Utilizing ‘Big Data’ and ICT innovations

Published Date
April 03, 2019
Published By
ICARDA has developed a geoinformatics-based decision support tool that targets sustainable pulse intensification in rice fallows
ICARDA has developed a geoinformatics-based decision support tool that targets sustainable pulse intensification in rice fallows

Geo-informatics, remote sensing, and the outpouring of data from molecular research and the field can be used in multiple ways - from real-time maps of crop productivity, and water consumption; to the more accurate targeting of genetic improvements in breeding programs.

Properly executed, they help enhance the efficiency of research, improve the precision of agricultural interventions, and guide effective and appropriate policymaking. ICARDA’s geo-informatics platform (GeoAgro) offers spatial solutions for integrated agro-ecosystems. It quantifies complex system dynamics and drivers which help ICARDA more effectively target site-specific ecological intensification.

Field data collection tools and open data kits aid the geo-localization of our research – helping with the scaling and measurement of our impacts. We also know that big data and technological innovations can be more valuable if they are shared with others, and for this reason, ICARDA is committed to open access and extensive cooperation with external partners, including the CGIAR Big Data Platform.  

Monitoring the loss of agricultural land in Yemen

The application of geo-informatics and big data can play an extremely important role in fragile and inaccessible areas where scientists may find it difficult to collect the data they need to implement targeted interventions. In conflict-affected Yemen, ICARDA - with World Bank support - is using high-resolution satellite imagery to produce digital maps, reports, and statistics that demonstrate changes in agricultural production and productivity.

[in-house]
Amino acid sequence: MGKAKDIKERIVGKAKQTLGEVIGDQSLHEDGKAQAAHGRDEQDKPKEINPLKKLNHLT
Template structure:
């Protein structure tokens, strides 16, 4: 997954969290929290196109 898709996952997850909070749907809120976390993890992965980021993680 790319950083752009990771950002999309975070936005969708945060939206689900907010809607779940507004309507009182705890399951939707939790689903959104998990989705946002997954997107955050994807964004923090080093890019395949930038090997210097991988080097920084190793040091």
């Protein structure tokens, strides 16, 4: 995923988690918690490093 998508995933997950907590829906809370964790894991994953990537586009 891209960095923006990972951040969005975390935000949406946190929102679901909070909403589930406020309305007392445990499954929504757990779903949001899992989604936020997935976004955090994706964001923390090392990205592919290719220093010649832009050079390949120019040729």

An analysis of satellite images over the period 2014 to 2017 revealed that 54 percent of observed areas experienced a decrease in crop production – of which 76 percent also experienced declining rates of crop productivity. Initial impact assessments have helped to identify additional hotspots of abandonment in Taizz, Zabid, Bayt al Faqih, Al Hudaydah, Bajil, and Hajjah.

This data is critically important in a country where two-thirds of the population depend on agriculture for their livelihoods, and a complex emergency is threatening to cause widespread famine, according to warnings from the World Food Program. Hazard risks, including frequent droughts and locust outbreaks, are compounding the vulnerability of Yemenis – of which 8.4 million are now deemed severely food insecure and entirely reliant on external assistance. Mapping the status of agricultural landscapes at higher spatial details before and after the impacts of the current conflict will help to identify the investments needed to address food security once peace has resumed.

Sustainable intensification of rice fallows with pulses

In India, ICARDA has developed a geoinformatics-based decision support tool that targets sustainable pulse intensification in rice fallows – a critical solution in a country where demand for nutritional food grains continues to rise, but additional arable land is becoming increasingly scarce. This digital interactive map can show the length of fallow duration, the start and end of fallow periods, their seasonality, and cropping intensity.

By analyzing the remote sensing data it is possible to identify potential areas where high-yielding, short- or long-duration legumes and other corps can be grown in rice fallows. The tool helps farmers, researchers, and policy makers to fine-tune their decisions and actions while also supporting the implementation of a holistic strategy that combines appropriate water and land management strategies, improved early maturing crop varieties, agricultural inputs and enhanced market access. The result: a reliable supply of livestock fodder, higher incomes, and positive benefits for local ecosystems.